Next, you’ll need to add a composer.json file to the custom module/theme/profile. Directions for this can be seen here: https://www.drupal.org/docs/8/creating-custom-modules/add-a-composerjson-file. Note that for the step named Define your module as a PHP package, you should set the type as drupal-custom-[TYPE], where [TYPE] is one of: module, theme, or profile.

Continuing on, make sure the composer.json file containing the type declaration has been pushed to the remote private repository.

The last step step is to add your private repository to you project’s composer.json, so that when running composer require my/privatelibrary, Composer knows in which repository to look for the library. Declaring private repositories in composer.json is explained here: https://getcomposer.org/doc/05-repositories.md#using-private-repositories.

With the above steps, when running composer install my/library, Composer will find the private repository declared in composer.json, search that repository for my/library, and download it. The composer.json file in my/library tells Composer that it’s of type drupal-custom-[TYPE], so Drupal will install it into the directory specified for Drupal custom [TYPE].

If using Git for version control on your system, you'll probably want to alter the .gitignore file in the Composer project root to ignore the custom folder locations. If you have created a custom module, and will be managing all custom modules with Composer and private repositories, you should probably add the /web/modules/custom folder to .gitignore. If you will be managing some custom modules with Git and not Composer, then you should probably add the custom module you have created to .gitignore as /web/modules/custom/[MODULE NAME].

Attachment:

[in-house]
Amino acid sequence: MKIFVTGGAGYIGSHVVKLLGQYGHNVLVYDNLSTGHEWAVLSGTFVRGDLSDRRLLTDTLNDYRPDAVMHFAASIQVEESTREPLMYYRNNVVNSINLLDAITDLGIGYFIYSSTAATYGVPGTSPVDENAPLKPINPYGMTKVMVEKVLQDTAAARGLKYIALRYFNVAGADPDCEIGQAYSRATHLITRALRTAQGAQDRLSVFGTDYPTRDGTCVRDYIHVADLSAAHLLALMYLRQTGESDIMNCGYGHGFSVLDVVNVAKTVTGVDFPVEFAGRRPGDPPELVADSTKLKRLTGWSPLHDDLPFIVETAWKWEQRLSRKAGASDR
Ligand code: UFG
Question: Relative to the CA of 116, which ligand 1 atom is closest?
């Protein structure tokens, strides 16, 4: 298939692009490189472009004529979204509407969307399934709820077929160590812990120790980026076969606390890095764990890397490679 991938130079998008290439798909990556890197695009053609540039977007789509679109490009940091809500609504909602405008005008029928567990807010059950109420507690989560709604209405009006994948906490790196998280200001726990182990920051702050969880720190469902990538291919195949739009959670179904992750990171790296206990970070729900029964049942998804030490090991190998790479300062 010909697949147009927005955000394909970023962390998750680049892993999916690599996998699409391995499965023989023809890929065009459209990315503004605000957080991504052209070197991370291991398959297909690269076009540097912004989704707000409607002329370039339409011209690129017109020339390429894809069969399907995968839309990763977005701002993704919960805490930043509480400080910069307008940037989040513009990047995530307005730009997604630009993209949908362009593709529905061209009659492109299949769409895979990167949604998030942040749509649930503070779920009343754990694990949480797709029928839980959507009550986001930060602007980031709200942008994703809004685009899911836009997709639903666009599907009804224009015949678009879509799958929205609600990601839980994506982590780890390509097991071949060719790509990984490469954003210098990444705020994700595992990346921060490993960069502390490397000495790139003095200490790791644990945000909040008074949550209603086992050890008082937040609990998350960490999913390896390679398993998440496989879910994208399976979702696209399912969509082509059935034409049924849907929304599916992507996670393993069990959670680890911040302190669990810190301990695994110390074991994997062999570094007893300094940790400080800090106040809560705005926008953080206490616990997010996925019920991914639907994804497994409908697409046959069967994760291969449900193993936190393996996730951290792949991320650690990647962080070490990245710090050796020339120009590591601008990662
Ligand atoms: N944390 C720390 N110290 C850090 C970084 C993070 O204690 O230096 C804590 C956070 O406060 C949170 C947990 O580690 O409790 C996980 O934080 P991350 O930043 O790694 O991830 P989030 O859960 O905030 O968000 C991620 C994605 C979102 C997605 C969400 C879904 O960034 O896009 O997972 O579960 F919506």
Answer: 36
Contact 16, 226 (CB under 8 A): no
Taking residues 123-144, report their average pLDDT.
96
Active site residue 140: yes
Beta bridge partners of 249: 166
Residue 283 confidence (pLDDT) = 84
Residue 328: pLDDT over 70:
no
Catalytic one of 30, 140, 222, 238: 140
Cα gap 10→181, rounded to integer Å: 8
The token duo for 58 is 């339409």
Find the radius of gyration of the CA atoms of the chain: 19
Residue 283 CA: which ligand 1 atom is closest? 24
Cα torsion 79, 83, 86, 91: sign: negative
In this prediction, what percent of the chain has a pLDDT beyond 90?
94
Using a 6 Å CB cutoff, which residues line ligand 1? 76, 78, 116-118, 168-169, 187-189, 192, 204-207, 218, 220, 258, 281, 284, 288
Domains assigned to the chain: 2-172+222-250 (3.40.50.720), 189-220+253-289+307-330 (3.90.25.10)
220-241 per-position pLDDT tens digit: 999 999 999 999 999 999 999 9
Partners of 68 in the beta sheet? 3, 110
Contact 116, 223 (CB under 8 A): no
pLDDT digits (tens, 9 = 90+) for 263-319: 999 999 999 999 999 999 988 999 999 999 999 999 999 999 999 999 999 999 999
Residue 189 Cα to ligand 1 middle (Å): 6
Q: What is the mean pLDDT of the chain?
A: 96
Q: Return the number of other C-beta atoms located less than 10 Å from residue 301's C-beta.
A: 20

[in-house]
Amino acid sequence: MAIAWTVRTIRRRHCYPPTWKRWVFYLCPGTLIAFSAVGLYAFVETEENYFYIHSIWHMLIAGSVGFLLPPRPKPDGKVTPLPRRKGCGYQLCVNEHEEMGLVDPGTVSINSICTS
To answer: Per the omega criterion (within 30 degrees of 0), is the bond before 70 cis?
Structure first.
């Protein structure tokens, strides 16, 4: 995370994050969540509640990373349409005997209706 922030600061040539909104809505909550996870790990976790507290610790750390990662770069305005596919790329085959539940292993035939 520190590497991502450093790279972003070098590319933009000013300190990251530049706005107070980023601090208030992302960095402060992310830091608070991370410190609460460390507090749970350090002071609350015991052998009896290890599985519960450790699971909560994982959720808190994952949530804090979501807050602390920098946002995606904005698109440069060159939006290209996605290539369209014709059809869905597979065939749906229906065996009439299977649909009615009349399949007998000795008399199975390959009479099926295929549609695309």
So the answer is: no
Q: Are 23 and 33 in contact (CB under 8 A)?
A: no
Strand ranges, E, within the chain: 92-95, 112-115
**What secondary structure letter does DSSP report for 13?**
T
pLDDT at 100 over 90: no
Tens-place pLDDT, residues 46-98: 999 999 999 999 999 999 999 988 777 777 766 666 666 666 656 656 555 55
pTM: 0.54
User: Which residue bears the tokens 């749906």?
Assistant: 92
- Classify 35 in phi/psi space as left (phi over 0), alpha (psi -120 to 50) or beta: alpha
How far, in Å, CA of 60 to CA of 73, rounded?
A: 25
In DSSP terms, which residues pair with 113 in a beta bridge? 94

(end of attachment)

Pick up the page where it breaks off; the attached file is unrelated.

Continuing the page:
Managing site settings: settings.php and settings.local.php

This section isn’t actually directly related to Composer and Drupal, but it’s a good step for setting up a project, and we can use the methodology to work with Composer template and Git.

Each Drupal installation depends on the file settings.php. This file is loaded as part of Drupal’s bootstrap process on every page load. Site-specific settings are added into this file, such as database connection information.

Towards the bottom of settings.php, the following lines can be found:

# if (file_exists($app_root . '/' . $site_path . '/settings.local.php')) {
#   include $app_root . '/' . $site_path . '/settings.local.php';
# }

These lines are commented out by the # symbol at the start of each line. This means that the code is not executed. If these lines are uncommented, by removing the hash symbol at the start of each line, this code is executed. The code looks for a file named settings.local.php, and if it exists, it includes that file. This means any settings in settings.local.php become part of the bootstrap process and are available to Drupal. After uncommenting the code, it will look like this: